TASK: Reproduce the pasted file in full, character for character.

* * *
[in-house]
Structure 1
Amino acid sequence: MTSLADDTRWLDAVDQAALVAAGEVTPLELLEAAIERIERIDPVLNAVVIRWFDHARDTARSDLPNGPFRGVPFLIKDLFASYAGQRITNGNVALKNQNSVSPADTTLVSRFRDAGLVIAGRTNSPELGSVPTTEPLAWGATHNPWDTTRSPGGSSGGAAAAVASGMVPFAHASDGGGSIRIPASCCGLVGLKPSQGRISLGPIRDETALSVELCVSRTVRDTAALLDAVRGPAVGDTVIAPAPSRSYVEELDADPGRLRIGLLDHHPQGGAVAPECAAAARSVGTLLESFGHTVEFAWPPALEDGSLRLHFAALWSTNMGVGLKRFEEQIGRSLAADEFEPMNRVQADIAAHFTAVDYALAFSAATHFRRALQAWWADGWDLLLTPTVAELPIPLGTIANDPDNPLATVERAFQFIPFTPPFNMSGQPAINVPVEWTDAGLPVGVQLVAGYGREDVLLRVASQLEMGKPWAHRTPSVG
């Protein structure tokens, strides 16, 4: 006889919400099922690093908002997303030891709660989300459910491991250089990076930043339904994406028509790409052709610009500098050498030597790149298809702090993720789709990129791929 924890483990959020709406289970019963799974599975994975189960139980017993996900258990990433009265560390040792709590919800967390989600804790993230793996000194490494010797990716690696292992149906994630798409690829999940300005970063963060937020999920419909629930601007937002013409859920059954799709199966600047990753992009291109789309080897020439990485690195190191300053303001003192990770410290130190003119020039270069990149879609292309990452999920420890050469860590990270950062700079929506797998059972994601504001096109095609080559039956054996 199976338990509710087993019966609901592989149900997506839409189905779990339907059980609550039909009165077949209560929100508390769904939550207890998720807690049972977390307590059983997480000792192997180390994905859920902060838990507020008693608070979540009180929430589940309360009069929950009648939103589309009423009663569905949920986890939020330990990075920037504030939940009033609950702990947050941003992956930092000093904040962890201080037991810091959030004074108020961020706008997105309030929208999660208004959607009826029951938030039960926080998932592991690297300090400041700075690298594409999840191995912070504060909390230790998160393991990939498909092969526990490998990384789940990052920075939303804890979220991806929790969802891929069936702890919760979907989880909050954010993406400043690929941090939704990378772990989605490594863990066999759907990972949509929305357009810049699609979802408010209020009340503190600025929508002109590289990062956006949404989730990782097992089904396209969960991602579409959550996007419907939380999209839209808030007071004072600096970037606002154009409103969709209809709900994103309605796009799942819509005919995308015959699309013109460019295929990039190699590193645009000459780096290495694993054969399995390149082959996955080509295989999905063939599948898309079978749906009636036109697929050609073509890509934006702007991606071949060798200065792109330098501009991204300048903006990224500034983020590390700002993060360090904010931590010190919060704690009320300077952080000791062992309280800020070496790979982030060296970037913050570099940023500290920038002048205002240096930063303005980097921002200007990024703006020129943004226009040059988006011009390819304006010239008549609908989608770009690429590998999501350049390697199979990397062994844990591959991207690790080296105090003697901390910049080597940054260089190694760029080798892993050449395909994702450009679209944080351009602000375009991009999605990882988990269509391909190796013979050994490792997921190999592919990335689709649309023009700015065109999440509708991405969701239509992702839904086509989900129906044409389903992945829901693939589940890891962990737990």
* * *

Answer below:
[in-house]
Structure 1
Amino acid sequence: MTSLADDTRWLDAVDQAALVAAGEVTPLELLEAAIERIERIDPVLNAVVIRWFDHARDTARSDLPNGPFRGVPFLIKDLFASYAGQRITNGNVALKNQNSVSPADTTLVSRFRDAGLVIAGRTNSPELGSVPTTEPLAWGATHNPWDTTRSPGGSSGGAAAAVASGMVPFAHASDGGGSIRIPASCCGLVGLKPSQGRISLGPIRDETALSVELCVSRTVRDTAALLDAVRGPAVGDTVIAPAPSRSYVEELDADPGRLRIGLLDHHPQGGAVAPECAAAARSVGTLLESFGHTVEFAWPPALEDGSLRLHFAALWSTNMGVGLKRFEEQIGRSLAADEFEPMNRVQADIAAHFTAVDYALAFSAATHFRRALQAWWADGWDLLLTPTVAELPIPLGTIANDPDNPLATVERAFQFIPFTPPFNMSGQPAINVPVEWTDAGLPVGVQLVAGYGREDVLLRVASQLEMGKPWAHRTPSVG
């Protein structure tokens, strides 16, 4: 006889919400099922690093908002997303030891709660989300459910491991250089990076930043339904994406028509790409052709610009500098050498030597790149298809702090993720789709990129791929 924890483990959020709406289970019963799974599975994975189960139980017993996900258990990433009265560390040792709590919800967390989600804790993230793996000194490494010797990716690696292992149906994630798409690829999940300005970063963060937020999920419909629930601007937002013409859920059954799709199966600047990753992009291109789309080897020439990485690195190191300053303001003192990770410290130190003119020039270069990149879609292309990452999920420890050469860590990270950062700079929506797998059972994601504001096109095609080559039956054996 199976338990509710087993019966609901592989149900997506839409189905779990339907059980609550039909009165077949209560929100508390769904939550207890998720807690049972977390307590059983997480000792192997180390994905859920902060838990507020008693608070979540009180929430589940309360009069929950009648939103589309009423009663569905949920986890939020330990990075920037504030939940009033609950702990947050941003992956930092000093904040962890201080037991810091959030004074108020961020706008997105309030929208999660208004959607009826029951938030039960926080998932592991690297300090400041700075690298594409999840191995912070504060909390230790998160393991990939498909092969526990490998990384789940990052920075939303804890979220991806929790969802891929069936702890919760979907989880909050954010993406400043690929941090939704990378772990989605490594863990066999759907990972949509929305357009810049699609979802408010209020009340503190600025929508002109590289990062956006949404989730990782097992089904396209969960991602579409959550996007419907939380999209839209808030007071004072600096970037606002154009409103969709209809709900994103309605796009799942819509005919995308015959699309013109460019295929990039190699590193645009000459780096290495694993054969399995390149082959996955080509295989999905063939599948898309079978749906009636036109697929050609073509890509934006702007991606071949060798200065792109330098501009991204300048903006990224500034983020590390700002993060360090904010931590010190919060704690009320300077952080000791062992309280800020070496790979982030060296970037913050570099940023500290920038002048205002240096930063303005980097921002200007990024703006020129943004226009040059988006011009390819304006010239008549609908989608770009690429590998999501350049390697199979990397062994844990591959991207690790080296105090003697901390910049080597940054260089190694760029080798892993050449395909994702450009679209944080351009602000375009991009999605990882988990269509391909190796013979050994490792997921190999592919990335689709649309023009700015065109999440509708991405969701239509992702839904086509989900129906044409389903992945829901693939589940890891962990737990």